Choosing the right connectors for soldier-worn electronics can help improve soldier effectiveness and safety in the field.
The average soldier in the field today carries between 87 and 121 pounds (39 to 59 kilograms) of gear and equipment, including an increasing amount of soldier-worn electronics. Improving battlefield effectiveness starts with ensuring every ounce of that gear is pulling its own weight — down to the smallest connector.
Here are four factors to consider when looking at connectors that can help you bring cutting-edge wearables to the tactical edge.
1. Connectivity needs are growing.
Information superiority is essential on the modern battlefield. The good news is that there are more ways than ever to achieve it. New sensors are collecting data at unprecedented levels. The Internet of Things (IoT) and other “smart” devices are able to talk to one another and transmit mission-critical information like never before. And soldier-worn equipment and devices will continue to evolve as the digital revolution marches on. Augmented and virtual reality (AR/VR) devices, as well as smaller and more advanced military-grade radios and tablets, are all on the horizon.
The challenge is connectivity-hungry devices and data-heavy workloads have caused demands for bandwidth to skyrocket. That’s not all. As the rate and frequency of signals continue to increase, so does the likelihood of interference or crosstalk, creating the potential for data breaches, inaccurate mission intelligence, and threats to soldier safety.
Soldiers need smart, integrated systems to ensure important communications are successfully transmitted and received. Your wearables should be rated for high-performance transmission of data, signal, and power, and include robust shielding to ensure complete protection against electromagnetic interference (EMI).
2. Battlefield readiness is a must.
The mark of a good connector is that it’s more resilient than the soldier who carries it.
Military personnel operate in a wide range of terrains and harsh environments, and their equipment is subjected to the same punishing conditions. It’s constantly exposed to dust, dirt, mud, water, and worse — disrupting important dispatches and causing potential equipment damage.
Quality sealing and quick-cleaning features are essential to surviving battlefield conditions. Snap locks and seal rings, for instance, can help prevent dust and dirt from filling connector cavities and surrounding the pins and sockets used for routing signals. Another option is to make the pins and sockets themselves impervious to dust and dirt with a solid contact pogo pin system, which can be cleaned with a quick horizontal swipe. Built-in breakaway functionality is also a critical feature — allowing soldiers to disconnect, clean the face of the connectors, and reconnect their devices in a matter of seconds. This minimizes potential equipment damage and enhances battlefield readiness.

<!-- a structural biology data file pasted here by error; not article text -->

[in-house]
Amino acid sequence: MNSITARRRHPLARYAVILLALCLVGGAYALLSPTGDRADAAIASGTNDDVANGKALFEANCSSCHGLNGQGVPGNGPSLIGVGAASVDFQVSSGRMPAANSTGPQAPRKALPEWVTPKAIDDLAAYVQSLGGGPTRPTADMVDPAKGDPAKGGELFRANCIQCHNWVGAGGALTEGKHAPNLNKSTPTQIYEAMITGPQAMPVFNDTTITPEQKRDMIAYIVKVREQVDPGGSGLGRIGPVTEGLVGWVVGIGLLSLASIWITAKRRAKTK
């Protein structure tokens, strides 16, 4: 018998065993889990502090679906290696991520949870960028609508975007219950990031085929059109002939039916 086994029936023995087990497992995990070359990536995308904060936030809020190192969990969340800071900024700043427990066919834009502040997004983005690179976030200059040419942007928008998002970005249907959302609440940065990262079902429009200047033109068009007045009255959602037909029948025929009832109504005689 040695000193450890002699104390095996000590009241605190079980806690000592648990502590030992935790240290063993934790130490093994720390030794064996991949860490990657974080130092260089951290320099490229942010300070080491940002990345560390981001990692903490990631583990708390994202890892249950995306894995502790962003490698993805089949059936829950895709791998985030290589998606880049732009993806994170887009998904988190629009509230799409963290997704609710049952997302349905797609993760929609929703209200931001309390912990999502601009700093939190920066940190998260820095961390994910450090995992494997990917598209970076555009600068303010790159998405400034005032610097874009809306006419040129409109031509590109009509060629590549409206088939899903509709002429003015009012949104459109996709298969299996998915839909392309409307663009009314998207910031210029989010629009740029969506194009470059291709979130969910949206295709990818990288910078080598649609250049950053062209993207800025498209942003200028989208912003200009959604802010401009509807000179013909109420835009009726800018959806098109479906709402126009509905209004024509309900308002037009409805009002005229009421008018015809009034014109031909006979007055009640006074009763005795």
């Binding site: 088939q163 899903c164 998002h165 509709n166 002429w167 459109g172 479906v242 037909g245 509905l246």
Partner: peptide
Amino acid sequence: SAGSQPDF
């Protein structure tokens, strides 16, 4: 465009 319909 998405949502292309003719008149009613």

Withstanding water ingress or water submersion is equally important. Luckily, modern connectors run the gamut of submersion levels. The very best have been tested for submersion up to 20-plus meters (roughly 65 feet) of water. The trick is to thoroughly evaluate your needs and decide what level of protection makes the most sense for your application.
3. Mobility is about more than size.
Staying mobile is essential for staying safe on the battlefield. So it’s no surprise that the trend toward smaller connectors continues to be a major factor in soldier-worn defense technology. Today’s soldiers need compact, streamlined connectors that don’t compromise performance to keep them light on their feet, well-informed, and agile on the field. But making connectors smaller isn’t the only way to reduce weight.
There are multiple ways to accomplish this. One is to combine functions such as power and high-speed digital processing into the same connector, reducing the total number of individual wires and connectors each soldier has to deal with. Fabric connectors are another innovative option. Designed to seamlessly integrate with the fabric of a smart vest, where most of a soldier’s network is housed, they help to reduce overall weight and complexity.
Unique designs can also help improve mobility. Quick disconnect features, for instance, help protect soldiers from getting tangled or snagged when traveling in natural environments. Similarly useful are quick-connecting features that allow soldiers to perform critical functions without extra tools — saving them the extra weight of the tools and critical seconds and minutes when it matters most.
4. Partnership is the ultimate engineering tool.
Don’t limit your soldier wearable designs by what you see in catalogs. If you need a connector with specialized capabilities, lean on the industry experts at top connector companies to develop it for you.
The best thrive on collaboration with their customers and can modify solutions to meet your unique requirements — or develop a custom, high-performance design that still fits within your budget. By partnering with and working side-by-side with these companies, you may be surprised to see how they can anticipate your needs and provide proactive solutions to your challenges.
It’s this type of collaboration that achieves the best possible results for your soldier wearable designs and for the end users in the field. At the end of the day, giving soldiers the tools they need to fulfill their duties and get home safely is what matters most.
Visit ITT Cannon online.
Like this article? Check out our other wearables and Connector Basics articles, our 2019 Article Archive, and our Military & Aerospace Market Page.
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